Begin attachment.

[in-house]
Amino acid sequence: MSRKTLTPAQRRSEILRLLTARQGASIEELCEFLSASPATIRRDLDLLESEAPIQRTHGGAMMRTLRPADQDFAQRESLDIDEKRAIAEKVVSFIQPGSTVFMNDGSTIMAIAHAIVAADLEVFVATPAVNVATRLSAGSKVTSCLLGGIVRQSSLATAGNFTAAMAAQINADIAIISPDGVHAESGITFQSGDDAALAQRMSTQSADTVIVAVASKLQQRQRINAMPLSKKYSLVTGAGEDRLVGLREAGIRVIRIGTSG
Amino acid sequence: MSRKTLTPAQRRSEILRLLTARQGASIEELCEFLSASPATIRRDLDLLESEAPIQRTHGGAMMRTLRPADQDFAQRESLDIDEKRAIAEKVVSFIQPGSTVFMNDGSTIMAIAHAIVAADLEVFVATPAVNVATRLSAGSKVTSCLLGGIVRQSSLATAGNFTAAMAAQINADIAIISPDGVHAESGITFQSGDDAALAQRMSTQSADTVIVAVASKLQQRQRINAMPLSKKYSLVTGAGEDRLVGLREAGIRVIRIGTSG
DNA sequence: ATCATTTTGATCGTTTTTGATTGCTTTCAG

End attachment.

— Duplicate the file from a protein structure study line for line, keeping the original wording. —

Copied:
[in-house]
Amino acid sequence: MSRKTLTPAQRRSEILRLLTARQGASIEELCEFLSASPATIRRDLDLLESEAPIQRTHGGAMMRTLRPADQDFAQRESLDIDEKRAIAEKVVSFIQPGSTVFMNDGSTIMAIAHAIVAADLEVFVATPAVNVATRLSAGSKVTSCLLGGIVRQSSLATAGNFTAAMAAQINADIAIISPDGVHAESGITFQSGDDAALAQRMSTQSADTVIVAVASKLQQRQRINAMPLSKKYSLVTGAGEDRLVGLREAGIRVIRIGTSG
Amino acid sequence: MSRKTLTPAQRRSEILRLLTARQGASIEELCEFLSASPATIRRDLDLLESEAPIQRTHGGAMMRTLRPADQDFAQRESLDIDEKRAIAEKVVSFIQPGSTVFMNDGSTIMAIAHAIVAADLEVFVATPAVNVATRLSAGSKVTSCLLGGIVRQSSLATAGNFTAAMAAQINADIAIISPDGVHAESGITFQSGDDAALAQRMSTQSADTVIVAVASKLQQRQRINAMPLSKKYSLVTGAGEDRLVGLREAGIRVIRIGTSG
DNA sequence: ATCATTTTGATCGTTTTTGATTGCTTTCAG